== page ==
Castle of Loarre
|Castillo de Loarre|
Near Loarre in Spain
|Built||11th Century, Wall built in 1287|
|Built by||Sancho Ramírez|
|In use||Circa 1071 -|
The castle was built largely during the 11th and 12th centuries, when its position on the frontier between Christian and Muslim lands gave it strategic importance. The first of the two major building programmes began circa 1020, when Sancho el Mayor (r. 1063–94) reconquered the surrounding lands from the Muslims.
After 1070, Loarre became increasingly important. In 1073, King Sancho Ramírez installed a community of Augustinian canons, and it was from Loarre that he prepared for the conquest of Huesca in 1094. In 1097, however, his successor, Peter I of Aragon and Navarre, donated all the goods of Loarre to a new royal monastery at Montearagon. This evidence suggests that the second major construction program was undertaken between 1073 and 1097, and much building evidently does date from this period. By comparison with other monuments, however, it is also clear that the building and decorative programme continued into the 12th century.
The castle's location on a rocky outcrop affected the layout; it was not possible to have one unified structure, and like many castles Loarre was a collection of buildings bounded by curtain walls. Originally the internal plan included two towers and a chapel behind several curtain walls. Towards the end of the 11th century an additional chapel was built in Romanesque style just outside the castle walls.
The outermost walls of the castle and their eight towers were erected in the 13th or 14th century. The church and castle have been the subject of numerous restorations, a major one in 1913 and subsequent ones, particularly during the 1970s, have resulted in the rebuilding of many walls and towers that had fallen into disrepair.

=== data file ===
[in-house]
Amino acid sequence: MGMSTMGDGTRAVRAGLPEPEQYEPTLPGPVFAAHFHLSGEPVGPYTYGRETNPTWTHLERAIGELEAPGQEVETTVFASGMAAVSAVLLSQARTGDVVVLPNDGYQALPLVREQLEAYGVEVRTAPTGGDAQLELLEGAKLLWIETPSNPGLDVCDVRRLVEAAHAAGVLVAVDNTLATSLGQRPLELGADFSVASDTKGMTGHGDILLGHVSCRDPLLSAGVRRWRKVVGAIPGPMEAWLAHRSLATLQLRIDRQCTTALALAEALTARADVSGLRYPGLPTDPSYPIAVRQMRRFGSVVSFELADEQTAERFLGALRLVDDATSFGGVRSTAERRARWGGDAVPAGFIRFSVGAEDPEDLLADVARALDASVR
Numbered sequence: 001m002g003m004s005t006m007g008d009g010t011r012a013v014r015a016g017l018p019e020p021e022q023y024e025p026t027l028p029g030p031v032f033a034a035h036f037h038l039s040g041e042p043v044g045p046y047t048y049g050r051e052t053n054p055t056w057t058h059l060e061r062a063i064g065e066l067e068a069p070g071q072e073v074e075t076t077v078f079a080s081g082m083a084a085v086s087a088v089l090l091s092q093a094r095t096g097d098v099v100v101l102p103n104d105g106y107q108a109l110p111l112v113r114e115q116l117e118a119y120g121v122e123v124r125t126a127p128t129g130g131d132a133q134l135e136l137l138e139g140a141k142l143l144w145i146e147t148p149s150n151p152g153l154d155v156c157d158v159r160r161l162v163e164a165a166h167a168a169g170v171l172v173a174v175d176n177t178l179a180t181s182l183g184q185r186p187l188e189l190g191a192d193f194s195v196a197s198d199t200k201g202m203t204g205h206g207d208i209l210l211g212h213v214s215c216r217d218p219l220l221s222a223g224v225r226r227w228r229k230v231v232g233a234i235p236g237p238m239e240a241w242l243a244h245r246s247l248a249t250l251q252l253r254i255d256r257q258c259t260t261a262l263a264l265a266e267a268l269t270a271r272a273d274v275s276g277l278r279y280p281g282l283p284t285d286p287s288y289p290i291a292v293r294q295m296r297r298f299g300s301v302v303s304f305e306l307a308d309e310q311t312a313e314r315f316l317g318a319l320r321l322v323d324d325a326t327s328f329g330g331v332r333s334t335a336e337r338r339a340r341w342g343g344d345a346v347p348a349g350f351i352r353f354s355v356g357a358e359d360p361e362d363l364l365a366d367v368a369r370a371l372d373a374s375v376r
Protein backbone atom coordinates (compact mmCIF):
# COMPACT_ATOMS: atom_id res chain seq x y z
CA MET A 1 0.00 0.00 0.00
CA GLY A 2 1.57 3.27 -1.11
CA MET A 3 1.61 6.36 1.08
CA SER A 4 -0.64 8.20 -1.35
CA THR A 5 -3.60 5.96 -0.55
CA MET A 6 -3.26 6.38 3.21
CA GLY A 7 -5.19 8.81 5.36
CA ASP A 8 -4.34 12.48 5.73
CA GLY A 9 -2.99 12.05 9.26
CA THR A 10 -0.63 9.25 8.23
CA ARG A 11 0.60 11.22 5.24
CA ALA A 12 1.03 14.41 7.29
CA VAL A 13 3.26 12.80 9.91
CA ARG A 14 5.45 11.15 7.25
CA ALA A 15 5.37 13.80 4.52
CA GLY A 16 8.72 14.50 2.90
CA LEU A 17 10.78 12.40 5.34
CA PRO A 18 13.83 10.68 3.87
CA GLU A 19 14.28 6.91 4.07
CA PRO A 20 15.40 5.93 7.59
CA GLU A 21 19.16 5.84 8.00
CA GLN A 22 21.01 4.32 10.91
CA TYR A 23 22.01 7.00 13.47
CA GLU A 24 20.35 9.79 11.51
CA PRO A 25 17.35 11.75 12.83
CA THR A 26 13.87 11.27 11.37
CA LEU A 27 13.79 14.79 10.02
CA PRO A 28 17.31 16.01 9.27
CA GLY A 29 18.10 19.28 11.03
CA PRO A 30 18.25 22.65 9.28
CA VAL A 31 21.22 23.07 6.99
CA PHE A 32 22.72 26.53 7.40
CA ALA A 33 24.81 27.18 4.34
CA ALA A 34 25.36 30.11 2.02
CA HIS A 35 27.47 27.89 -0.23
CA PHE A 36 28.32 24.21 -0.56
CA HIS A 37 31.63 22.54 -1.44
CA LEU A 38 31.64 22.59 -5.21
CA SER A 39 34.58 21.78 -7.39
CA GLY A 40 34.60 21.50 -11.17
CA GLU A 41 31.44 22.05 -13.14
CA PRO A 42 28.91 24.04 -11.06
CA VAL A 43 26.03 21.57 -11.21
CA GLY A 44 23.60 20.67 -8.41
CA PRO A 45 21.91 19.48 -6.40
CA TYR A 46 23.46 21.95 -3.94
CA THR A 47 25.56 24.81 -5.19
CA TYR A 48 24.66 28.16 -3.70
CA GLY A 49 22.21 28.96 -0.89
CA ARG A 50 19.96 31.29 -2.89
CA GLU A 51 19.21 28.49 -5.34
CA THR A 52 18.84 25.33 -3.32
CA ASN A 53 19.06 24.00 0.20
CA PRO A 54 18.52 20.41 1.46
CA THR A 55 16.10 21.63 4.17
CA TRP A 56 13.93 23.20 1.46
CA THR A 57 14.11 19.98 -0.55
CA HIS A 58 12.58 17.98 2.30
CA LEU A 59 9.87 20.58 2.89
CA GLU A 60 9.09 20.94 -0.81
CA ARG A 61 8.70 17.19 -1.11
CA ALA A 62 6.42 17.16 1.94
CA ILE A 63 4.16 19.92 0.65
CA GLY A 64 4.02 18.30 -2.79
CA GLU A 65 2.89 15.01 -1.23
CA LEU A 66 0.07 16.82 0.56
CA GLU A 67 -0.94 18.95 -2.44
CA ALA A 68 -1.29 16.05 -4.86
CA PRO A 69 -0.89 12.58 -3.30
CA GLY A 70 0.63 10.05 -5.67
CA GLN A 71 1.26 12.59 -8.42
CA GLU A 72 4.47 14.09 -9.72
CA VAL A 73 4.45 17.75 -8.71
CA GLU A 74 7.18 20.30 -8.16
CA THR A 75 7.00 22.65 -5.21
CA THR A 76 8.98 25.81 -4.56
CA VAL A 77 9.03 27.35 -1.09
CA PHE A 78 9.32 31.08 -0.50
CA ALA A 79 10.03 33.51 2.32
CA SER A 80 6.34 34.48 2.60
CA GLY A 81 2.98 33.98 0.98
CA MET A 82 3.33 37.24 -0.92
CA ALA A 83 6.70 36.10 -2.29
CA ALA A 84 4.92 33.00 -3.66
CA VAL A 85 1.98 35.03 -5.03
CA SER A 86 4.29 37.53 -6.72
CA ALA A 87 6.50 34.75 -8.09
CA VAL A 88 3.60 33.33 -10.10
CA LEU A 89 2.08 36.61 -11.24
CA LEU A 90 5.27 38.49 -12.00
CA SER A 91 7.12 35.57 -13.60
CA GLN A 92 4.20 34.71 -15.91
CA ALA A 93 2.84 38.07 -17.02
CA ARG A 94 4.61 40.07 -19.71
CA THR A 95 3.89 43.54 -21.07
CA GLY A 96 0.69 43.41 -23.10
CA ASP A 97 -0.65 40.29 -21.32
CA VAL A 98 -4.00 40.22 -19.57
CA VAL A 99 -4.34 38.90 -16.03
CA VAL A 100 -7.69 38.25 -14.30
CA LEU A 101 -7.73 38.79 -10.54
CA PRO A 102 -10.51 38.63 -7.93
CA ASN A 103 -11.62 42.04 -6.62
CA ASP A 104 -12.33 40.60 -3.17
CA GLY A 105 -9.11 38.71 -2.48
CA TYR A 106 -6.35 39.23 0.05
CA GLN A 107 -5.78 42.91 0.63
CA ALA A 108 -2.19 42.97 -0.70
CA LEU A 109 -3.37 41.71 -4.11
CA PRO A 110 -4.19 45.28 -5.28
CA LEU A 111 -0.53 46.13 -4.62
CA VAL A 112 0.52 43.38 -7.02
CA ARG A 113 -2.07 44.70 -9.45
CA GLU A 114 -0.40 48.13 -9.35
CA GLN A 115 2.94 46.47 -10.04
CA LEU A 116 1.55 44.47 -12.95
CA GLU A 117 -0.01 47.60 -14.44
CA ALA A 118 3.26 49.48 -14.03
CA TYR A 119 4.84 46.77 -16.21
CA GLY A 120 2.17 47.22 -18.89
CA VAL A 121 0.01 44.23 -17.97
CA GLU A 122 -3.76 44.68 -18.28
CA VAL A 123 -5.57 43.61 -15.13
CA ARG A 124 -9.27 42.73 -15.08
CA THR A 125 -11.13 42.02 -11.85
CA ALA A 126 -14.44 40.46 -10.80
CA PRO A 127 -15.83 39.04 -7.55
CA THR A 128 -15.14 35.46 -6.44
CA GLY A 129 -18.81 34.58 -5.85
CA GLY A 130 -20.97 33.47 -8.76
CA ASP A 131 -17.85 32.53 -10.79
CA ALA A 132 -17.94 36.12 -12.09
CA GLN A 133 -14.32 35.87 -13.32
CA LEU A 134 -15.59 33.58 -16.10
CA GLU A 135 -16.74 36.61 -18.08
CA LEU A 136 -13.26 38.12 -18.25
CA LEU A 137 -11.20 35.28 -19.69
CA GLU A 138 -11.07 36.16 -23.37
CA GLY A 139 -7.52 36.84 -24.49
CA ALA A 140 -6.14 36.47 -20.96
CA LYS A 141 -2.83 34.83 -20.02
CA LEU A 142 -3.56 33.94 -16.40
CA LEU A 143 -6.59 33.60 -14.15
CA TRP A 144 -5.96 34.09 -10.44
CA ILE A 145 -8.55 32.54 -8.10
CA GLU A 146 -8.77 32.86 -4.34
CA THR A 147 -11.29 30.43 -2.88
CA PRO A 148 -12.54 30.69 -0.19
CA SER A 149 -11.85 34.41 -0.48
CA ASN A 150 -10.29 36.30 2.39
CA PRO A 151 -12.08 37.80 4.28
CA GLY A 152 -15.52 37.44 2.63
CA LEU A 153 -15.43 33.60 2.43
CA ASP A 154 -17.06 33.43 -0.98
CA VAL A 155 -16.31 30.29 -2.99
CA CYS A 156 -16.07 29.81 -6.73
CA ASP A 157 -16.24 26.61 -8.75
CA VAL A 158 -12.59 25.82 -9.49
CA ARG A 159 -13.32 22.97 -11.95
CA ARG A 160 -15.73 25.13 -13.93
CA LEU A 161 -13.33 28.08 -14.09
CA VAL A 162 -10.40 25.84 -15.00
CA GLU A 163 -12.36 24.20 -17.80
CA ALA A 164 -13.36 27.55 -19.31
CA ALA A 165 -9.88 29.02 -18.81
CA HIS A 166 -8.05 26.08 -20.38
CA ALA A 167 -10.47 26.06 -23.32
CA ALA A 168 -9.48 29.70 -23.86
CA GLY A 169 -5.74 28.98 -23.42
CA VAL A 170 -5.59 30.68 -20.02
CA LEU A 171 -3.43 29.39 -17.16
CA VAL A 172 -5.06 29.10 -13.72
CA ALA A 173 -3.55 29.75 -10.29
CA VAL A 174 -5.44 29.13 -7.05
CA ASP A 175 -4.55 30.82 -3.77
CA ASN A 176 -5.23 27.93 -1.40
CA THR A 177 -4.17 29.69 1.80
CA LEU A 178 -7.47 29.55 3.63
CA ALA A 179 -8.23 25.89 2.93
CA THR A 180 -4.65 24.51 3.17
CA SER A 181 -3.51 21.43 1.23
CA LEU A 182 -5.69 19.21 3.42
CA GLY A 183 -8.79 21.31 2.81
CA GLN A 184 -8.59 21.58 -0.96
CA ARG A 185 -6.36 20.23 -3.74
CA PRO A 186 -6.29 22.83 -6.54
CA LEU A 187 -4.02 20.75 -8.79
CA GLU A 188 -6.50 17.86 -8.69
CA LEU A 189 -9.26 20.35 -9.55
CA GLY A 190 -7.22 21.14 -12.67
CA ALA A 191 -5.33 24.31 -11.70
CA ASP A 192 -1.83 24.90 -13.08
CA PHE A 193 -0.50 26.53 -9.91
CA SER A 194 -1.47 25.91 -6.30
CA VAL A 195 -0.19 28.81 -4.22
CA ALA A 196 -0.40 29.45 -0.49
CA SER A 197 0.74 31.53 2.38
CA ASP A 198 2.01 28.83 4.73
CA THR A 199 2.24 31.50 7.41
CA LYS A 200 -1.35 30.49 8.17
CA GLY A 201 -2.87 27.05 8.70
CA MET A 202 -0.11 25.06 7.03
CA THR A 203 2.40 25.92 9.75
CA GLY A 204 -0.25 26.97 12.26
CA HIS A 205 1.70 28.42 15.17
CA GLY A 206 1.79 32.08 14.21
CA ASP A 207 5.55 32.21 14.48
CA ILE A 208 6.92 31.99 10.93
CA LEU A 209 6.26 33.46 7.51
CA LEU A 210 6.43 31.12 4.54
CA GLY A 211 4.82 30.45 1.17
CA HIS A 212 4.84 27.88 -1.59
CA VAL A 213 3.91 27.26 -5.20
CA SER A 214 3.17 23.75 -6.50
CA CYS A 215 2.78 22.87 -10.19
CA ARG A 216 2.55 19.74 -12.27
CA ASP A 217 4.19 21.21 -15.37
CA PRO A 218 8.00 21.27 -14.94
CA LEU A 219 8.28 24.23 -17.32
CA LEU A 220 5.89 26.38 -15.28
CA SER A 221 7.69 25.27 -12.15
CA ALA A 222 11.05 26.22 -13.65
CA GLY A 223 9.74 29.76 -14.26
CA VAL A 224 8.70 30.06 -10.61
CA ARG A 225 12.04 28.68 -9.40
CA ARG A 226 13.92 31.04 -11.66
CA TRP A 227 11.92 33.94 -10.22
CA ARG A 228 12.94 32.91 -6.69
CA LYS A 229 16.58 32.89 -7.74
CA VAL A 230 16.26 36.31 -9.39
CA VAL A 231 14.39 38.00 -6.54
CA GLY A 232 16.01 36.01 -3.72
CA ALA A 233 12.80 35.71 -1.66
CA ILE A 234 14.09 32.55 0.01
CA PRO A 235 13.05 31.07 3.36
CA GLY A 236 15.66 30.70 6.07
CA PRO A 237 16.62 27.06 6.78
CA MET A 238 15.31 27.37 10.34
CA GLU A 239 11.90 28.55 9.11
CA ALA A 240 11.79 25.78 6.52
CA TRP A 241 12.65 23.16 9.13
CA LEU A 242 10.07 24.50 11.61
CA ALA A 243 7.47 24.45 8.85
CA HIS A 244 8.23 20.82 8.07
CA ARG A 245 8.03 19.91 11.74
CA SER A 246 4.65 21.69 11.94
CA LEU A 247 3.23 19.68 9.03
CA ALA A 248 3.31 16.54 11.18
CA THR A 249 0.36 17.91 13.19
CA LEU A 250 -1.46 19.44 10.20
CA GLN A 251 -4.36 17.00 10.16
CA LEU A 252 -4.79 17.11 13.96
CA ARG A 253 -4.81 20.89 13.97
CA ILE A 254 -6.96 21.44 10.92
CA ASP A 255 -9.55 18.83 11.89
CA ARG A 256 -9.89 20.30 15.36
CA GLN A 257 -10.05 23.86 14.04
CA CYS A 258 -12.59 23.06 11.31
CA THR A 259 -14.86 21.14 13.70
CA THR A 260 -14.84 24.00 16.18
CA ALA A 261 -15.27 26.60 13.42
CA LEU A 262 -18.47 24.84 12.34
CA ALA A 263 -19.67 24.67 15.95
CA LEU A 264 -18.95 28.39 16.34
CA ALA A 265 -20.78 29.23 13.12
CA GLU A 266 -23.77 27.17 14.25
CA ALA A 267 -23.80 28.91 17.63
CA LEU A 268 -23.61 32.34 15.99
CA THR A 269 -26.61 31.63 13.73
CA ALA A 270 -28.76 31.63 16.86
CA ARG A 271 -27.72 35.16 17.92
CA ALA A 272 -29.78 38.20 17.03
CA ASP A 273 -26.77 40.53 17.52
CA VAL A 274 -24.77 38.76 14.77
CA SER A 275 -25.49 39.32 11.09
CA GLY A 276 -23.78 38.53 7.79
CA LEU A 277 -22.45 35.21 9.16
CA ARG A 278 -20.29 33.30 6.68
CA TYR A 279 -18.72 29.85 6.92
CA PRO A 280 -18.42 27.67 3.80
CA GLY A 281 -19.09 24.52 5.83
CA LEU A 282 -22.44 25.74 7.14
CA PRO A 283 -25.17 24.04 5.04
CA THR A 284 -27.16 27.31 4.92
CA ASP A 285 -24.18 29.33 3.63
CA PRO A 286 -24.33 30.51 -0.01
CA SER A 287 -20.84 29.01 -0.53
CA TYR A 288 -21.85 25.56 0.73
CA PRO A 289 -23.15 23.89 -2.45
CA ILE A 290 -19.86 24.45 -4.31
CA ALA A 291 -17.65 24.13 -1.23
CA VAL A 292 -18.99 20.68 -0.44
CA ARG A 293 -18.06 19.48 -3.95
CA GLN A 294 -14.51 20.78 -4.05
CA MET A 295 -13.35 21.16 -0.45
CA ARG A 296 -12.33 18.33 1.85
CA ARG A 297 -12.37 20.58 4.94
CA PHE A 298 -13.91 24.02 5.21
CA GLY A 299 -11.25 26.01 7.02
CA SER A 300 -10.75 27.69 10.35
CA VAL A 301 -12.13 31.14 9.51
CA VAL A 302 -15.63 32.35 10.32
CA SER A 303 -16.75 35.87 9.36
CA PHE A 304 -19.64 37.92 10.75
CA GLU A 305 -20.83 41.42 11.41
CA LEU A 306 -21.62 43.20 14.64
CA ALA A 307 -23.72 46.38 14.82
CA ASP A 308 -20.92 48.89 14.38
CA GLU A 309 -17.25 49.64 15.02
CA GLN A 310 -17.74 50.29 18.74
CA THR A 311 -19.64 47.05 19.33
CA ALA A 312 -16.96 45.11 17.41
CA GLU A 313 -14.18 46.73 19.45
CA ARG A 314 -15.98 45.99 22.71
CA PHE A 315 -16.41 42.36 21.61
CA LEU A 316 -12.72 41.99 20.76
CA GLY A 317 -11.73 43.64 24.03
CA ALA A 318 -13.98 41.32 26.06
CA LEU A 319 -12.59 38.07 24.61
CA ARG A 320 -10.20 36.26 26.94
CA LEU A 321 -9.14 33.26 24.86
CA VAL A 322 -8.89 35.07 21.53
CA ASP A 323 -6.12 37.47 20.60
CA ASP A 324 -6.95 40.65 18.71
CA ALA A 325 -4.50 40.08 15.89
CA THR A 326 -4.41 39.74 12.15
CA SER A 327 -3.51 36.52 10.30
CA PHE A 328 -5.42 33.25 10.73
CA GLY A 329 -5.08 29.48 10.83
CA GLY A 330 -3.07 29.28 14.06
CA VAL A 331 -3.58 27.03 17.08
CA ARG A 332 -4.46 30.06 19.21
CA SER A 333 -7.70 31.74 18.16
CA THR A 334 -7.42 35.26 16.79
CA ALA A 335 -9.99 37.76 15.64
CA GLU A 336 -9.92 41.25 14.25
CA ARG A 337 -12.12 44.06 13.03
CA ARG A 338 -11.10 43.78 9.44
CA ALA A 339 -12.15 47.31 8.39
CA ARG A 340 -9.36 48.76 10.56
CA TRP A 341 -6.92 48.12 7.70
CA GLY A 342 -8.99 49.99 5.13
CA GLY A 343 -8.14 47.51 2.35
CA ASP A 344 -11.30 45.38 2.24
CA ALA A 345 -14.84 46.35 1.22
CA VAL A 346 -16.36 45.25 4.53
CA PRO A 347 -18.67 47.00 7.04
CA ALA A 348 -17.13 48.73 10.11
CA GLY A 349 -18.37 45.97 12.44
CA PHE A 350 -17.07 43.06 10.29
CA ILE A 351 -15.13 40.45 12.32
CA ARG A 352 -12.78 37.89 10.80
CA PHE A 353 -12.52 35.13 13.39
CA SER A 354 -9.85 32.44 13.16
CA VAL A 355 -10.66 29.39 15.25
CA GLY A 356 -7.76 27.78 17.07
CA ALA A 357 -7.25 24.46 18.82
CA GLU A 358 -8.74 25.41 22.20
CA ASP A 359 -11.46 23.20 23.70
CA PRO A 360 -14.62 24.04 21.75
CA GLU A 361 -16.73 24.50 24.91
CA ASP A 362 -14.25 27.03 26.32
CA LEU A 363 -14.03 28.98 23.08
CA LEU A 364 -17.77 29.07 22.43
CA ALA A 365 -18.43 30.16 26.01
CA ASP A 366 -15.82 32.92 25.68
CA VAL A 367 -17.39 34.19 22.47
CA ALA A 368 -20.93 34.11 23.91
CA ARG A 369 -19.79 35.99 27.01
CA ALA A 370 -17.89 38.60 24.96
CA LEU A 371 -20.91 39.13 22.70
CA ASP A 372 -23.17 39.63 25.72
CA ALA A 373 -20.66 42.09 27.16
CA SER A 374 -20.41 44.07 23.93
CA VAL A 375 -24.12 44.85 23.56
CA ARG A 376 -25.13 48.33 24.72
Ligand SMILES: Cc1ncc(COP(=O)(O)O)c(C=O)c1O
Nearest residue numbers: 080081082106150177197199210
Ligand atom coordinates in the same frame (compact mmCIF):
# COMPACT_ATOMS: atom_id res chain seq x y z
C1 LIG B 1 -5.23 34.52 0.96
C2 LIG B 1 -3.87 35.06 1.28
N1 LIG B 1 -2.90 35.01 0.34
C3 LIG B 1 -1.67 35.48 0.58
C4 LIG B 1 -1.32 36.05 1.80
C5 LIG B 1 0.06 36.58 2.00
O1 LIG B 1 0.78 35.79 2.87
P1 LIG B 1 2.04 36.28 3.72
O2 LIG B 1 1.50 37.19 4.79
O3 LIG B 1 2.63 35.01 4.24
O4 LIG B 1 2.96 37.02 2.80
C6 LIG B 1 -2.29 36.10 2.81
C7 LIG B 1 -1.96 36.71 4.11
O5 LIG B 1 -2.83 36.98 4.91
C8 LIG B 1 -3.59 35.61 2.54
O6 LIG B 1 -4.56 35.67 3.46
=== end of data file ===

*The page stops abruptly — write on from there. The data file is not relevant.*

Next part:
At least three towers, two of which survive, the keep (Torre del Homenaje) and the "Tower of the Queen" (Torre de la Reina), as well as a chapel dedicated to Saint Mary of Valverde and connecting walls are attributed to this campaign. The keep was built in an isolated position in front of the fortifications, to which it was connected by a wooden bridge. It contained a basement and five floors. The Torre de la Reina, comprising a basement and three floors, is particularly noteworthy for three sets of twin-arched windows, with columns of exaggerated entasis and trapezoidal capitals that have been related to both Lombard and Mozarabic architectural forms. The chapel is composed of a single-cell nave with an eastern apse covered by a semicircular vault. The original timber roof of the nave was replaced by a vault at the end of the 11th century.
- R. del Arco: El castillo-abadía de Loarre, Semin. A. Aragon., xiii?xv (1968), pp. 5?36
- F. Iñiguez Almech: Las empresas constructivas de Sancho el Mayor: El castillo de Loarre, Archv Esp. A., xliii (1970), pp. 363?73
- A. Canellas-López and A. San Vicente: Aragon Roman, Nuit Temps (La Pierre-qui-vire, 1971)
- A. Duran Gudiol: El castillo de Loarre (Saragossa, 1971)
- J. F. Esteban Lorente, F. Galtier Martí and M. García Guatas: El nacimiento del arte románico en Aragón: Arquitectura, Investigaciones de Arte Aragonés (Saragossa, 1982)
- J. E. Mann: San Pedro at the Castle of Loarre: A Study in the Relation of Cultural Forces to the Design, Decoration and Construction of a Romanesque Church (diss., New York, Columbia U., 1991)
- Stalley, Roger (1999), Early Medieval Architecture, Oxford History of Art, Oxford: Oxford University Press, ISBN 0-19-210048-3
- "Loarre, a la espera de que Castilla sea Patrimonio de la Humanidad". ABC Spain. Retrieved December 5, 2013.
- Cinemareview.com: "Kingdom of Heaven - Production Notes"
- Stalley 1999, pp. 83–84